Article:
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Plant of the Month: May 2012

Peanuts in Seattle

Arachis hypogæa L.
LEGUMINOSÆ / FABACEÆ; Pea Family

Peanuts are rightly associated with the Deep South, with Africa, and in brief: warm regions. Seattle is among the cooler summer cities in the entire U.S. Whereupon growing peanuts here is certainly not commercially viable, probably not even worthwhile as a home gardening project, and maybe a candidate for dumb idea of the year. But I am going to try. Let me share with you why.
    If every human invariably did just what his or her peers did, civilization would not advance; it would "tread water." Everyone would be keeping up with the Joneses --but no one would leap ahead of the Joneses. It is only by risking failure, ridicule, loss, and hurt, that we can --now & then-- succeed in learning something new and worthwhile. In other words: nothing ventured, nothing gained.
    As for peanuts in Seattle, I already know from book learning, personal testimony, and having seen them growing here, that their cultivation is possible. What I desire to test, using 5 cultivars, is their relative merits, both as nut producers and as to the quality of their edible greens. Moreover, the Old Farmer's Almanac predicts that this region will experience warmer than average May through October. So, this seems like a good year.
    The cultivated peanut, Arachis hypogæa L., is a allotetraploid that arose in South America, where it was cultivated by least 3,800 years ago (maybe 7,600); it is also grown widely in the Old World in tropical, subtropical and warm-temperate regions --especially in semi-arid climates. Now it is one of the world's main food crops. Other names include Ground Nut, Earth Nut, Monkey Nut, Grass Nut, Goober and Pindar. There are about 75 species of Arachis, all South American. The common peanut plant is prized above all for its oil-rich seeds. Peanut oil has a high smoke point, so you can fry in it at hotter temperatures than olive oil, for example. And though peanut greens are mostly used only for animal fodder, humans can eat them. For a detailed account, see Journal of Food Composition and Analysis Vol. 9, No. 4 (Dec. 1996): Nutrients and Antinutrients in Peanut Greens. A curious side-effect, is that the young shoots and leaves are somewhat sedative; people with insomnia have taken peanut leaf tea with good effect.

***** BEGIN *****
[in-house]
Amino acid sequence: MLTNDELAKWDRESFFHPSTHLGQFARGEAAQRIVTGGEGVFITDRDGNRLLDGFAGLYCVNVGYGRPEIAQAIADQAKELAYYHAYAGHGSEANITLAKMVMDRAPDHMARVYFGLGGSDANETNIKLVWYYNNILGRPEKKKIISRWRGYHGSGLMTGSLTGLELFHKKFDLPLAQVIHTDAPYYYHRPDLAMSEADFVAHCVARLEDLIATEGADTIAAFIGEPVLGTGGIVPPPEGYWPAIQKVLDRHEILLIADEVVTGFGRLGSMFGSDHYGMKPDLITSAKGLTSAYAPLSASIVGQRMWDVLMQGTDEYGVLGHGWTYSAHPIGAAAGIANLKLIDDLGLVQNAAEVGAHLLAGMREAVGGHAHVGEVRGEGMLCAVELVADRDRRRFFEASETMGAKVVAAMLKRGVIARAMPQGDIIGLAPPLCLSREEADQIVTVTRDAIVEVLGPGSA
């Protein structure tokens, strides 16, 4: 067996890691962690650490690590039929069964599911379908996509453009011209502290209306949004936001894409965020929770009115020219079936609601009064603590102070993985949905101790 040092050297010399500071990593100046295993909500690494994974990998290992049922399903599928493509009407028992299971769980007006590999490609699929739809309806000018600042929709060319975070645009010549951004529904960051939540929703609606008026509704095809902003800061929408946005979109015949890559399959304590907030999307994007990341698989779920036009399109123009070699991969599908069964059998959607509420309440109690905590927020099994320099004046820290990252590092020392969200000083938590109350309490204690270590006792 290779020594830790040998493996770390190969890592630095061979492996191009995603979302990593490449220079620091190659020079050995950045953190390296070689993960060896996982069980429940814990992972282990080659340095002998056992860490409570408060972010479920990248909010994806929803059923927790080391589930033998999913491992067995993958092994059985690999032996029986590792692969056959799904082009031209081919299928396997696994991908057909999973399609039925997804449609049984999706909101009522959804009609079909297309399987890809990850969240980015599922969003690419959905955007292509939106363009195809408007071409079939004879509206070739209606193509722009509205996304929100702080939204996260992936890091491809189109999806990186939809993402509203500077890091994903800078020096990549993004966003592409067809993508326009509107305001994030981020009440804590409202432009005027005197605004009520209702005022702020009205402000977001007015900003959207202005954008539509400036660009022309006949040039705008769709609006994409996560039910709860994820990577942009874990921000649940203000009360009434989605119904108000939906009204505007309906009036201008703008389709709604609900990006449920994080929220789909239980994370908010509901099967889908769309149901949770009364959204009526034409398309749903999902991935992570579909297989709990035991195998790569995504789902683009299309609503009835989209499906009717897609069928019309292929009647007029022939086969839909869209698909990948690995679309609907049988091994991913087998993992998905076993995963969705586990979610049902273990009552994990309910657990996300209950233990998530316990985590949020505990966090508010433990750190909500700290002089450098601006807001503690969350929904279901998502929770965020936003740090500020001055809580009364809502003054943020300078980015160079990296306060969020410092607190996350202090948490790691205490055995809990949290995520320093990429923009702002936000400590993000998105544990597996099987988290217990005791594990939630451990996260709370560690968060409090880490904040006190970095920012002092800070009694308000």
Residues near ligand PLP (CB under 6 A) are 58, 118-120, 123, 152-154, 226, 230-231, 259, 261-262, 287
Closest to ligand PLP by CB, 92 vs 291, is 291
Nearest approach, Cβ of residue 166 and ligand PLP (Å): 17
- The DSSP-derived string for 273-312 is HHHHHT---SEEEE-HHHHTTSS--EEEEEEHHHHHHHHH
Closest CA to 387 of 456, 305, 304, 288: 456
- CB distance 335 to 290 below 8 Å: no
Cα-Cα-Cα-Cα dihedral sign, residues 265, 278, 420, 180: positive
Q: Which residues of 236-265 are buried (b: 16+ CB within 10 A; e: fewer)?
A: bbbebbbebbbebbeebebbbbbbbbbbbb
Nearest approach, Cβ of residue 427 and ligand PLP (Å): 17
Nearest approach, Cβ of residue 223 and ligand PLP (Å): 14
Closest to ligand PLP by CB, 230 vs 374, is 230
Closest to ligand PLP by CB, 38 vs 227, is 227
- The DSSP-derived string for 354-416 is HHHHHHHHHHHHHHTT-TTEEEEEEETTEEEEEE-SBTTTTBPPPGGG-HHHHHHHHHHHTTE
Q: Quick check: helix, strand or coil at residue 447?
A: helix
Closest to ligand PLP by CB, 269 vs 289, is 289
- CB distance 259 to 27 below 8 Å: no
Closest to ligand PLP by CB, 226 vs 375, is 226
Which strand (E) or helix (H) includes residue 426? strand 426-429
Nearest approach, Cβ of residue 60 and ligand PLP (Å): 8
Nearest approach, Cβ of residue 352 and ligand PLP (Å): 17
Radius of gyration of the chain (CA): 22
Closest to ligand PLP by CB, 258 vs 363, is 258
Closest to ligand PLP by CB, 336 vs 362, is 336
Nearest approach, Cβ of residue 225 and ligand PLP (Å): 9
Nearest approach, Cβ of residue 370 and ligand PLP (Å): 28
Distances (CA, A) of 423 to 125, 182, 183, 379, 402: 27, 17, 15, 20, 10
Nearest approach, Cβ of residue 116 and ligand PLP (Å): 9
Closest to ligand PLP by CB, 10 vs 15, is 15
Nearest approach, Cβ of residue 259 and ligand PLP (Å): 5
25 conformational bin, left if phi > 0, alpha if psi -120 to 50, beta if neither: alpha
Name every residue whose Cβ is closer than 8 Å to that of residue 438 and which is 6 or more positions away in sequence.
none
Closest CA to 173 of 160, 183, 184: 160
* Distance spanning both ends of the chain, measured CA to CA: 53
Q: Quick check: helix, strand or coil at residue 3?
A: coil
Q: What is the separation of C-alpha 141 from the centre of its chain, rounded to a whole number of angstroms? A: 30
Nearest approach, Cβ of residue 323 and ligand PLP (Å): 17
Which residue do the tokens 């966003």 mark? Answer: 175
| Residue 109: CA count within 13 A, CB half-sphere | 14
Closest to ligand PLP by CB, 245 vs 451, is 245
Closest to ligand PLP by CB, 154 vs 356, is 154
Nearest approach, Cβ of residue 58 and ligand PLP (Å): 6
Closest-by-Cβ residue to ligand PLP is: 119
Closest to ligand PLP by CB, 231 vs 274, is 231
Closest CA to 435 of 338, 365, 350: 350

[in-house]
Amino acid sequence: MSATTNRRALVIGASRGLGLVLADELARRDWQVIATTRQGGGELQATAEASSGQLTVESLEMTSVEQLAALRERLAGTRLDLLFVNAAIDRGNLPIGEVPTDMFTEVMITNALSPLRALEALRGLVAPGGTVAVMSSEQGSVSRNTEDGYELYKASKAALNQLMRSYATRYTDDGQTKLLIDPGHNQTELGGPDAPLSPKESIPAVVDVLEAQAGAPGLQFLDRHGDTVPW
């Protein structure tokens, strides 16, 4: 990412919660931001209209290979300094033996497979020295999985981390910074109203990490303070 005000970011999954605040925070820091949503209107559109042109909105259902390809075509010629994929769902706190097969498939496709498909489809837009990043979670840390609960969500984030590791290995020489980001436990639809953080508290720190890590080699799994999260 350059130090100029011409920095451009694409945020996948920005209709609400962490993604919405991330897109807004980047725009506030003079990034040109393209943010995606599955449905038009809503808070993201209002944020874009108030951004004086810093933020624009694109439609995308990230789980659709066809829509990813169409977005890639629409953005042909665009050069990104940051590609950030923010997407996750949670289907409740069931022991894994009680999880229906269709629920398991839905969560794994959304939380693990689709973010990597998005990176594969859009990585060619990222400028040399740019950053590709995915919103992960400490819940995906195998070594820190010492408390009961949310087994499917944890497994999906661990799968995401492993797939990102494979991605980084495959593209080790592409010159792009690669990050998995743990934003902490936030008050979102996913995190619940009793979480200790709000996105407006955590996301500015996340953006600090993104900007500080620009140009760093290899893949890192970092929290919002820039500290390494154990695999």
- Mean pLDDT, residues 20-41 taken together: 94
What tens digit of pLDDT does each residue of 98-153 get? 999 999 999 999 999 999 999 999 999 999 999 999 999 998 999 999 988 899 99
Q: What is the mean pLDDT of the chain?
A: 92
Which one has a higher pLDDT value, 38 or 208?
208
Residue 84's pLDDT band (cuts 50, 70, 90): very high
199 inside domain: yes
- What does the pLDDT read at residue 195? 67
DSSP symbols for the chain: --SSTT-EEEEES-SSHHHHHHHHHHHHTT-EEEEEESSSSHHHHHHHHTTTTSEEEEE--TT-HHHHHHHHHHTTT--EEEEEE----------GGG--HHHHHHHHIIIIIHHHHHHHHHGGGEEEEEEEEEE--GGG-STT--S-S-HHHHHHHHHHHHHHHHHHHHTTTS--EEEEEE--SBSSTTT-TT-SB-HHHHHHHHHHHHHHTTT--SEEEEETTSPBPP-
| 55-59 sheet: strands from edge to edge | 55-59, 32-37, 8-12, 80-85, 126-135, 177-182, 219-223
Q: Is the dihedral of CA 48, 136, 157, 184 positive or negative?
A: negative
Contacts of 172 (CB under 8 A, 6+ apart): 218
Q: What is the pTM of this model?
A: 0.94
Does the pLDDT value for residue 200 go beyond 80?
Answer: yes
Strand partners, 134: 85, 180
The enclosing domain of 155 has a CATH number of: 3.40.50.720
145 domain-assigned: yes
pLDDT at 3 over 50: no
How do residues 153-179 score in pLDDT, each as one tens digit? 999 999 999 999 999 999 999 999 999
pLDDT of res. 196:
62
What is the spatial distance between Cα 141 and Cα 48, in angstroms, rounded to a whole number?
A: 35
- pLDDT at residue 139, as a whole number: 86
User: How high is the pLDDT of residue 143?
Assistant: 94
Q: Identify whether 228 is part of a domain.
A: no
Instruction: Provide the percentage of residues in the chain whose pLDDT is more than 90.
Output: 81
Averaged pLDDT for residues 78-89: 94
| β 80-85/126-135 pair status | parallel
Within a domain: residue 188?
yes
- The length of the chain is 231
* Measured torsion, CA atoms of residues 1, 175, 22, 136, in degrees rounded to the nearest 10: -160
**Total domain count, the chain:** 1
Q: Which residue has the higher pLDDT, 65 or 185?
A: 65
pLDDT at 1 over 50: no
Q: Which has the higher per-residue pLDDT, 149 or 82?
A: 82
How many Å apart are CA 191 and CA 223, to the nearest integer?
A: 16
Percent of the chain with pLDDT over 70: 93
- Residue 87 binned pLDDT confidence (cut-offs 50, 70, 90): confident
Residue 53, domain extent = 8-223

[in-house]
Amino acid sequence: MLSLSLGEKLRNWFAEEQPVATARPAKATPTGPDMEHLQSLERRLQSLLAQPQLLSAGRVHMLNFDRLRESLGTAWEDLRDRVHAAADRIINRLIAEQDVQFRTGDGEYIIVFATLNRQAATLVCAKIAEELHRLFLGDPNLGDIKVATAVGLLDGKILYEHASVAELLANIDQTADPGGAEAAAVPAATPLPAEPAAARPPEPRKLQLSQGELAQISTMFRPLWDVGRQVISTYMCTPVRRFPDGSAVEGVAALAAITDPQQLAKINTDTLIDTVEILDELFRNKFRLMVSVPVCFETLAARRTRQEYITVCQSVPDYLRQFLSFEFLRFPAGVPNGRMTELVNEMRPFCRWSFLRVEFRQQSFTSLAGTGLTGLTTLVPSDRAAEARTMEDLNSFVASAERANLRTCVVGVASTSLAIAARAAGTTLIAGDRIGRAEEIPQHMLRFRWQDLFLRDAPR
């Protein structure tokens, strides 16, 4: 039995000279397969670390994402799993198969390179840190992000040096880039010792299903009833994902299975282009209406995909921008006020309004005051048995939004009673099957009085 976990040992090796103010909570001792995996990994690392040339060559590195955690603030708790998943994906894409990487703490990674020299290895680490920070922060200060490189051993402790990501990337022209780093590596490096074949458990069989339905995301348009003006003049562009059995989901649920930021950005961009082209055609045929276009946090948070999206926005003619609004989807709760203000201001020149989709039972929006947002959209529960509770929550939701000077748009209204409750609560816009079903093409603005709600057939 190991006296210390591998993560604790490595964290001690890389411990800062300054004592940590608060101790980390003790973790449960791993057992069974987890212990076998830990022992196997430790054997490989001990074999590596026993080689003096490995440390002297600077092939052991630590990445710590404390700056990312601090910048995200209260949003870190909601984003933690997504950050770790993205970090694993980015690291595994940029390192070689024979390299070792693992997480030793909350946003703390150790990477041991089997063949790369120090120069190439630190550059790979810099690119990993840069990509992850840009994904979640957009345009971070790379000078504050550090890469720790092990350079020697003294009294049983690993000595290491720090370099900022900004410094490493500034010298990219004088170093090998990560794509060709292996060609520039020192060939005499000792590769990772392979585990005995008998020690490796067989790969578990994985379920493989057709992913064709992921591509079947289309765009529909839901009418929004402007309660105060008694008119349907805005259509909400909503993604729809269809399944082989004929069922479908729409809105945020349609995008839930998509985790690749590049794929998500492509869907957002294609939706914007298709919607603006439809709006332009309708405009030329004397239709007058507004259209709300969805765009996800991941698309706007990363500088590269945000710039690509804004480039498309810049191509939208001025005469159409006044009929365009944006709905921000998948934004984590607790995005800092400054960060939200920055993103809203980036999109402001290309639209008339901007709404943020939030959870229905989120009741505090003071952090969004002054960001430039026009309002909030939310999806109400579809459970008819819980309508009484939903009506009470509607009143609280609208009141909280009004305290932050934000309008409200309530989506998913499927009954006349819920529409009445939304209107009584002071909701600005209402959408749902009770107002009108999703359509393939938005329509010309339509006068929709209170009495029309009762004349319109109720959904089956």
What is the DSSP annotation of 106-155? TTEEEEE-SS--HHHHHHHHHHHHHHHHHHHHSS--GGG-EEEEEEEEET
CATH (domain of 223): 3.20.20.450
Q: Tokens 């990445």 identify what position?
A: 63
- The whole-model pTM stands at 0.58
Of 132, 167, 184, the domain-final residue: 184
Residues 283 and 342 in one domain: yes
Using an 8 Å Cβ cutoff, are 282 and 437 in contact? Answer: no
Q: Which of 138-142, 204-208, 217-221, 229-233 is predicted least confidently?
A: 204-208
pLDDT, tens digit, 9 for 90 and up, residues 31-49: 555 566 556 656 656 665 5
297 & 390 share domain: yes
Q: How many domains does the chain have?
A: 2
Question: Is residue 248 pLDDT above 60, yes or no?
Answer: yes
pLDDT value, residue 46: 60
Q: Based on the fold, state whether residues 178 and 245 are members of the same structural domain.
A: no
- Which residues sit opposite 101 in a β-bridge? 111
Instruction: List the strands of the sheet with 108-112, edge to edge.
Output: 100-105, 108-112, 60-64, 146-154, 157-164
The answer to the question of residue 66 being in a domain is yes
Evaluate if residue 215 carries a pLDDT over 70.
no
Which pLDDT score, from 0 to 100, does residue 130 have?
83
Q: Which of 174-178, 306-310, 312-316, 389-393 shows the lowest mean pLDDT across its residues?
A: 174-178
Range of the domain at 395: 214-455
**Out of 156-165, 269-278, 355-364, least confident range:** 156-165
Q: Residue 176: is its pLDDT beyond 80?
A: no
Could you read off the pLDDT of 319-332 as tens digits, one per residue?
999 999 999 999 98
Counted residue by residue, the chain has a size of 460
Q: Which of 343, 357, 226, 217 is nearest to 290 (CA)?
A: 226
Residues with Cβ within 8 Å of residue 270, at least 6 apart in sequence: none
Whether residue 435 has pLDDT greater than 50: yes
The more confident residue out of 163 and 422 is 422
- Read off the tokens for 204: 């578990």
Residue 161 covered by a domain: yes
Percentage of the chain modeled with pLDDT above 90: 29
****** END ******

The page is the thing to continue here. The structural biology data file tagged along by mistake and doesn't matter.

Since peanuts are so familiar, I will not describe them. Virtually all of us know them --especially those people who are allergic to them. If peanuts get moldy, they also can become carcinogenic. Peanuts were introduced to Africa and China in the early 1500s by Portuguese traders. They were brought to Spain by 1574; to the U.S. by slaves in the 1700s --if not 1600s. It was grown in England by 1712. The modern scientific name Arachis hypogæa, dating from 1753, was a mere renaming of John Ray's name in History of Plants 1686.
    There are different groups of peanut cultivars. Most are more erect, some prostrate, sprawling, creeping or vining. Some make seeds richer in oil, others less. Some require more heat units in summer, others less. Obviously, nut size and skin color vary, as does shell thickness. I desired --ideally-- to obtain cultivars that were most likely to succeed in Seattle. An internet search reveals that buying raw peanut seed online for home gardeners, is sadly limited. Most cultivars are off limits except to big farmers. After all, peanut is essentially more akin to a grain crop than considered a back-yard vegetable species. The largest selection --still paltry-- is at Southern Exposure Seed Exchange of Virginia (www.southernexposure.com).
    Peanuts need warmth. The soil generally preferred is looser, more sandy, and well drained. Low, soggy, soil, is worst. In summer, regular watering is needed from rain or people. I am planting mine in a specially prepared garden bed, where I dug the soil to a depth of 2 feet, removed over 600 pounds of rocks and roots, added fertilizer, lime and compost. It was time consuming and difficult.

    The 5 Peanut cultivars I will trial are:

'Early Spanish'
    Arachis hypogæa ssp. fastigiata var. vulgaris Harz
    105 days. Upright; compact. Higher in oil content. Nuts tiny. Pre-1910 heirloom.
    Unlike the following 4 seeds, these --alas!-- were bought non-organic, from Henry Field's, and were treated with captan, trifloxystrobin, and metalaxyl. And though ordered the same day, they arrived later. I sowed the first batch on May 29th, and when the other 4 (sown May 26th) were planted on June 6th, the 'Early Spanish' still had not sprouted. So I have sowed another batch, and meanwhile have marked with bamboo sticks their places in the garden bed.